Self-treatment for tennis elbow often includes wearing a compression sleeve, brace or strap that is available over-the-counter. But do these external supports actually work?
What Causes Tennis Elbow Pain?
Tennis elbow is caused by repetitive motions of the forearm and wrist that lead to tiny tears and inflammation in the two forearm tendons. Inflammation causes discomfort and limited function in the wrist and forearm – from a dull ache to burning to sharp pain, along with elbow stiffness, weak grip strength and numbness or tingling in the fingers.
Tendons are made of thick bands of collagen that have reduced blood supply and poor circulation, so they tend to heal slowly or partially. To promote healing, tendons need increased circulation, which boosts oxygen and healing properties to repair and form new collagen fibers.
How do Braces and Compression Sleeves Work?
Braces and compression sleeves provide additional support to the elbow and forearm to limit movement and enable the tendons, muscles and joint to rest. These products also can help disperse forces in the elbow and forearm that aggravate the area.
In the short-term, braces and compression sleeves can help alleviate tennis elbow pain. But once the brace or compression sleeve is removed, and movement resumes, discomfort returns. Because they don’t actually heal the injury, braces and compression sleeves shouldn’t be worn over long periods of time or be the only method of treatment.
The Limitations of Braces and Compression Sleeves
To recover from tennis elbow, the tendons must be healed. But this process requires enhanced circulation to the tendons, which braces and compression sleeves do not stimulate. In fact, immobilizing the area with these external supports actually reduces blood flow and oxygen supply to the tendons.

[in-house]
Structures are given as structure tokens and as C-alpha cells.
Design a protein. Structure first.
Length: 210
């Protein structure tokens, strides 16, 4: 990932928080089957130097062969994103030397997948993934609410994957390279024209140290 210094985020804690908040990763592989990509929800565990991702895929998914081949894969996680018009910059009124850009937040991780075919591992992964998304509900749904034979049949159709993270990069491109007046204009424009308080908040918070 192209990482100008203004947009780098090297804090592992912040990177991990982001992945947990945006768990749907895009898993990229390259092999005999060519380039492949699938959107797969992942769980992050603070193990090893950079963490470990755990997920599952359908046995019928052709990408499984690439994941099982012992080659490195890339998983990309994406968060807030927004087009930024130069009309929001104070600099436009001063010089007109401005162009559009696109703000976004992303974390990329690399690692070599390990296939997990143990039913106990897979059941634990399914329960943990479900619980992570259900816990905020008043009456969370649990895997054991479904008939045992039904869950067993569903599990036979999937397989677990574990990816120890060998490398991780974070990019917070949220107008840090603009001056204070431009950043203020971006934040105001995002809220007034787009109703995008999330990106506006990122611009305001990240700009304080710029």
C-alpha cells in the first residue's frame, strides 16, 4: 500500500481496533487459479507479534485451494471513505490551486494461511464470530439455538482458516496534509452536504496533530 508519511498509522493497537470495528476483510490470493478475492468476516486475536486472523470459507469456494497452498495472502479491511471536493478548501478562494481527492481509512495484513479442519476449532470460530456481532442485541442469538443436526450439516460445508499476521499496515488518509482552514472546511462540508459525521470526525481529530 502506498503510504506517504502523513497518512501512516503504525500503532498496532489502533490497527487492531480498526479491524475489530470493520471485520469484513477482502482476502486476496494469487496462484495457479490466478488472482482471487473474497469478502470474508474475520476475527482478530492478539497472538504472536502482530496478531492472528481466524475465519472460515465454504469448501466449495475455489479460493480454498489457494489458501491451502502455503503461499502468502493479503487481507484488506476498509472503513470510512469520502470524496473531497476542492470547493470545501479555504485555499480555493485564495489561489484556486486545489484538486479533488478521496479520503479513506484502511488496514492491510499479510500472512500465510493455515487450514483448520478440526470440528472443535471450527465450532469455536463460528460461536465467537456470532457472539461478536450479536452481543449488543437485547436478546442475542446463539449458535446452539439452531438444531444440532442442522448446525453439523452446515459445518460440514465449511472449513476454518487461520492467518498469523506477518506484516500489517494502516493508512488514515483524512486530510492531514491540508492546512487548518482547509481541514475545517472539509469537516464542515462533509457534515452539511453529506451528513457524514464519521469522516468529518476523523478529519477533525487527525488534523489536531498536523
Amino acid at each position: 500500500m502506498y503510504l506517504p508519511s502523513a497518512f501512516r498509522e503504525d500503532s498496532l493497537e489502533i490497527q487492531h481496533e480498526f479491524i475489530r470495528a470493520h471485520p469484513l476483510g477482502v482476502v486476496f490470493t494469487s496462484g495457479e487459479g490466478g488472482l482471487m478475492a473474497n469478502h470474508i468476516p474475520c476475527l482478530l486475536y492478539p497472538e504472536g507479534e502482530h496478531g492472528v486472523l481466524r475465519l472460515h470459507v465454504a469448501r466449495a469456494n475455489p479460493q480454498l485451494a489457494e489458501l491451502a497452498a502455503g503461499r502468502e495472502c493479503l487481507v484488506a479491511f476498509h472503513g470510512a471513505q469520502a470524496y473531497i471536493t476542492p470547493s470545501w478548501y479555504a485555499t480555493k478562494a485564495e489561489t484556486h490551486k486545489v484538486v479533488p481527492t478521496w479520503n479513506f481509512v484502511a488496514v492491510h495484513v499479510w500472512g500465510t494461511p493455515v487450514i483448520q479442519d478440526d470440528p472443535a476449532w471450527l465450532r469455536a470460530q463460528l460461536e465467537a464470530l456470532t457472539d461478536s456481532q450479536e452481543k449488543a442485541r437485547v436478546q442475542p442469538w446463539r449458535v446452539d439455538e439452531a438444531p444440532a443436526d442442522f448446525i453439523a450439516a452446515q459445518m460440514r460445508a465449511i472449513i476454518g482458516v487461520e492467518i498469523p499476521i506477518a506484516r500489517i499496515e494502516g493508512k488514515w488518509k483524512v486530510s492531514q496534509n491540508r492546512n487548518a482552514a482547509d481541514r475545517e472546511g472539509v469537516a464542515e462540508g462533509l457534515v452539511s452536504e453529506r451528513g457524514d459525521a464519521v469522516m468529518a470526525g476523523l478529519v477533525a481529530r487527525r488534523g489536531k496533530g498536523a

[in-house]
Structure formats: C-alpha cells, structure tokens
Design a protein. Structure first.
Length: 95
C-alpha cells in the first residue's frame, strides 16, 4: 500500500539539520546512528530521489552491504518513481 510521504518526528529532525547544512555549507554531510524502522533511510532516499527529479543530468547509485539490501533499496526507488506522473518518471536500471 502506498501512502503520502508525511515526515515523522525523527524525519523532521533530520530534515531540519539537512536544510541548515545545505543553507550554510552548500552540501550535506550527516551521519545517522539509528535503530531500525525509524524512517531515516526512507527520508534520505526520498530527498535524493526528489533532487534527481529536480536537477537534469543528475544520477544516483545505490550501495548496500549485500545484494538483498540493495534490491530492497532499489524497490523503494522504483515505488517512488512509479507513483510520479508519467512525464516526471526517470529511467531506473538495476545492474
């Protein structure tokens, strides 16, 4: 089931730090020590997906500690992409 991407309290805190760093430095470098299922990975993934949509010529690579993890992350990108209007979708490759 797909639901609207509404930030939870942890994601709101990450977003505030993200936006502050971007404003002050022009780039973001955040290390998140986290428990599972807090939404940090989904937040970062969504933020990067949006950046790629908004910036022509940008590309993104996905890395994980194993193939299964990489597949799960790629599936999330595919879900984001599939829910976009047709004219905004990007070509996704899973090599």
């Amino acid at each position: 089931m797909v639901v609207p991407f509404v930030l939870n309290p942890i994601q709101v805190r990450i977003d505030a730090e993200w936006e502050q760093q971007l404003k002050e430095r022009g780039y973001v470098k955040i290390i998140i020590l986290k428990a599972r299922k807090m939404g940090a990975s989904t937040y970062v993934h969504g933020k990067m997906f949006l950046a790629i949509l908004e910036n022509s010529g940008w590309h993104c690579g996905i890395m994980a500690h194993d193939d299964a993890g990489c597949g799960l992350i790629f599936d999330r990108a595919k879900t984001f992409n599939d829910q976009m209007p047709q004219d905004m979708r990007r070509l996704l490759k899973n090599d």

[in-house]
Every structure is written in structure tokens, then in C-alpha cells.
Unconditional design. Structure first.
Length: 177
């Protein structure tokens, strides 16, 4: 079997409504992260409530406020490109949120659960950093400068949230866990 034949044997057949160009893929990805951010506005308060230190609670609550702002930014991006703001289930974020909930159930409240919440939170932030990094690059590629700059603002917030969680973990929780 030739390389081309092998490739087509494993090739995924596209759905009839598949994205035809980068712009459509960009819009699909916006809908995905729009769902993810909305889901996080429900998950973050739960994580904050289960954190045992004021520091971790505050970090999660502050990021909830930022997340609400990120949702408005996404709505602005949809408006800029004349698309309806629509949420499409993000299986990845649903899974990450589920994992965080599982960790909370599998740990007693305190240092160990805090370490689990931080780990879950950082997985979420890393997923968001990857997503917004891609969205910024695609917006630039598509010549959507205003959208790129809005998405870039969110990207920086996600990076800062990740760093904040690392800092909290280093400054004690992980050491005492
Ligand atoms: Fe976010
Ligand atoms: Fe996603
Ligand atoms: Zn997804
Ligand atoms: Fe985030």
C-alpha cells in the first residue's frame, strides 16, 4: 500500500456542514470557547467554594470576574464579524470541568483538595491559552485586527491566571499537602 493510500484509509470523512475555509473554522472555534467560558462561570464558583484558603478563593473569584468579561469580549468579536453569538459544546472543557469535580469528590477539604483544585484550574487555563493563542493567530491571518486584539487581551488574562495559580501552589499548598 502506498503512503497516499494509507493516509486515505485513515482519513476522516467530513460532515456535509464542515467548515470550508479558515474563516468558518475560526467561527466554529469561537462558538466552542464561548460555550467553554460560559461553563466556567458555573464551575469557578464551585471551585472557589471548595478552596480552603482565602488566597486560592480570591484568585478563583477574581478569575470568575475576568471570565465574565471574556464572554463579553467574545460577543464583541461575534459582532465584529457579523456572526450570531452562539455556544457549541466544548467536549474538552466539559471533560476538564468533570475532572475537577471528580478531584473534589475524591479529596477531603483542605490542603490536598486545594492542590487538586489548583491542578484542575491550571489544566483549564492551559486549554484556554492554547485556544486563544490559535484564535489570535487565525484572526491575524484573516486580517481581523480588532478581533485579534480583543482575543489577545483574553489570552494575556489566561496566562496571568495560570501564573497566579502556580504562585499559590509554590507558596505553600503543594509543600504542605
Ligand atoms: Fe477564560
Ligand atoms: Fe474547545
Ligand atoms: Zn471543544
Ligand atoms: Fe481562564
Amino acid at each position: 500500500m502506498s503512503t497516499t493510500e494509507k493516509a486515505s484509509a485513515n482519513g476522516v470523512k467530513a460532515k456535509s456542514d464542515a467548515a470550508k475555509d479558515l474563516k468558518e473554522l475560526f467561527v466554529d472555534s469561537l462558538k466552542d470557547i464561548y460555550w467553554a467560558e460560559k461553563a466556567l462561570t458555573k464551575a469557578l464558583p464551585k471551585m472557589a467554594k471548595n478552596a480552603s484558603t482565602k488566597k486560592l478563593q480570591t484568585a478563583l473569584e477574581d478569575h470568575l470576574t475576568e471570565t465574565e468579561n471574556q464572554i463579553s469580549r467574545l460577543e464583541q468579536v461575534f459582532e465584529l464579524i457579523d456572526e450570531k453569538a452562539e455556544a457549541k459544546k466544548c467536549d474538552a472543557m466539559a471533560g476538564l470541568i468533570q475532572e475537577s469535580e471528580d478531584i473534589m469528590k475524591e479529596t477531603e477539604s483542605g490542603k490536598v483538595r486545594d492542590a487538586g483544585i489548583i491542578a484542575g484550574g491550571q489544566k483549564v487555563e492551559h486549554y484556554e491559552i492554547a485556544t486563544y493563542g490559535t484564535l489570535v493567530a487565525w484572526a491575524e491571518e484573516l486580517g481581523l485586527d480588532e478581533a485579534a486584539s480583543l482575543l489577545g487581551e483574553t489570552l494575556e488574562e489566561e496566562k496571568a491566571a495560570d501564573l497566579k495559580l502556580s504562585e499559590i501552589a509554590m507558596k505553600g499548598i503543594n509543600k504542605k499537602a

Plus, tight compression sleeves compress the blood vessels to the tendon and further restrict circulation. And immobilization and compression can lead to the formation of scar tissue and adhesions, and ultimately can result in additional weakening of the tendon.
The Bottom Line on Compressions Sleeves and Tennis Elbow
To fully heal, tennis elbow sufferers must stimulate blood flow to the tendons and strengthen and stretch the area. Effective treatment options include physical therapy, exercises, stretching and instrument-assisted soft tissue mobilization (IASTM).
IASTM is a proven clinical treatment that physical therapists have employed for more than a decade. For tennis elbow, IASTM applies controlled microtrauma to the tendon to stimulate a local inflammatory response, which increases circulation, sends healing cells and oxygen to the site, breaks down adhesions and scar tissue and removes fascial restrictions.
Together, this promotes cellular and tissue regeneration and collagen production, which alleviates pain, helps the tendon regain normal tensile strength and promotes functional restoration over time.
The new Fiix Elbow device from Stā Active automates IASTM with a convenient, at-home treatment, combined with strength and stretching exercises to boost circulation, stimulate collagen cross-linkage formation, help improve mobility and reduce risk of future injury.
In Phase 1 and 2 trials of the E5, 96 percent of subjects reported a reduction in pain, along with a greater than 76% improvement in functional activities, with a 85% average increase in grip strength.
So keep in mind: braces and compression sleeves can temporarily help, but not heal, tennis elbow. And if you're using a brace or compression sleeve while lifting weights - check out the article treat tennis elbow from weightlifting.